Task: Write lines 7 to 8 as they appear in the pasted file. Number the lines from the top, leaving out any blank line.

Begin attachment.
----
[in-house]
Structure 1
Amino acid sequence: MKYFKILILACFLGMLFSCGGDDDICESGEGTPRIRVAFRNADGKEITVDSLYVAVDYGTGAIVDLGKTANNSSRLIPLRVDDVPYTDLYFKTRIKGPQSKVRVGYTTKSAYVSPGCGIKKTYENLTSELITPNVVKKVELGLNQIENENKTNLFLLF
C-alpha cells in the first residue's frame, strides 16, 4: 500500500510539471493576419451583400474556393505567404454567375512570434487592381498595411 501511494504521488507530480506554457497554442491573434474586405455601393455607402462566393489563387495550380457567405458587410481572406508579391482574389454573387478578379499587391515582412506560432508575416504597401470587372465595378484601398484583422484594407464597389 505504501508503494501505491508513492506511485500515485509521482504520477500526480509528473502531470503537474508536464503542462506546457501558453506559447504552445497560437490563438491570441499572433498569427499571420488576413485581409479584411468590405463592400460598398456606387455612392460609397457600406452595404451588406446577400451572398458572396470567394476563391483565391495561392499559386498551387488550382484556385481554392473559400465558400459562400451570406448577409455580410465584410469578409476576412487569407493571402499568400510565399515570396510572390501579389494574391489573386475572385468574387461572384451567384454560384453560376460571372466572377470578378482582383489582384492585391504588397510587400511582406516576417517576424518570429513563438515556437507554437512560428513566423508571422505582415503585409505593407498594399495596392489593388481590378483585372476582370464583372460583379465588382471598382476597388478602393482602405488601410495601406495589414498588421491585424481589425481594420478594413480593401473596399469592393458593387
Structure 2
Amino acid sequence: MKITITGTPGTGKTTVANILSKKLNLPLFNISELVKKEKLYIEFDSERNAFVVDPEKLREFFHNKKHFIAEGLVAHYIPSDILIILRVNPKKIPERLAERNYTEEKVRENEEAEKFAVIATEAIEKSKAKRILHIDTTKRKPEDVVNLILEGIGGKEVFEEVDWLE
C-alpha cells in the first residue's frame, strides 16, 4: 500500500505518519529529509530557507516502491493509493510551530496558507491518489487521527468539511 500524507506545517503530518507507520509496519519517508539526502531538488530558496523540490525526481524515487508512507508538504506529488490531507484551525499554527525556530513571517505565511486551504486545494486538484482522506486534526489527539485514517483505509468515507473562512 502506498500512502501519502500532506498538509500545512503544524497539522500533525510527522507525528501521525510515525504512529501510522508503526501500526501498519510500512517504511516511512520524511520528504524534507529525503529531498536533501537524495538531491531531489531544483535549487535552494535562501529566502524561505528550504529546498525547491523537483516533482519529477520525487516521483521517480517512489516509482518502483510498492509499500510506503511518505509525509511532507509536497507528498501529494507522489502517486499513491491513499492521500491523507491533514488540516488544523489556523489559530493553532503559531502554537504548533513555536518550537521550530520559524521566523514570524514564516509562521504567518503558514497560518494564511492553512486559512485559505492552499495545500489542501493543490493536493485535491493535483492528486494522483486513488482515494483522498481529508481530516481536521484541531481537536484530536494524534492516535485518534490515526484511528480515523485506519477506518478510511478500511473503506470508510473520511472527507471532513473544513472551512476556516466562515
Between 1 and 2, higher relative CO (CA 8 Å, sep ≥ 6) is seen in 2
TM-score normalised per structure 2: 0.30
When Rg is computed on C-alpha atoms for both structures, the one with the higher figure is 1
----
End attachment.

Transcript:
C-alpha cells in the first residue's frame, strides 16, 4: 500500500505518519529529509530557507516502491493509493510551530496558507491518489487521527468539511 500524507506545517503530518507507520509496519519517508539526502531538488530558496523540490525526481524515487508512507508538504506529488490531507484551525499554527525556530513571517505565511486551504486545494486538484482522506486534526489527539485514517483505509468515507473562512 502506498500512502501519502500532506498538509500545512503544524497539522500533525510527522507525528501521525510515525504512529501510522508503526501500526501498519510500512517504511516511512520524511520528504524534507529525503529531498536533501537524495538531491531531489531544483535549487535552494535562501529566502524561505528550504529546498525547491523537483516533482519529477520525487516521483521517480517512489516509482518502483510498492509499500510506503511518505509525509511532507509536497507528498501529494507522489502517486499513491491513499492521500491523507491533514488540516488544523489556523489559530493553532503559531502554537504548533513555536518550537521550530520559524521566523514570524514564516509562521504567518503558514497560518494564511492553512486559512485559505492552499495545500489542501493543490493536493485535491493535483492528486494522483486513488482515494483522498481529508481530516481536521484541531481537536484530536494524534492516535485518534490515526484511528480515523485506519477506518478510511478500511473503506470508510473520511472527507471532513473544513472551512476556516466562515
Between 1 and 2, higher relative CO (CA 8 Å, sep ≥ 6) is seen in 2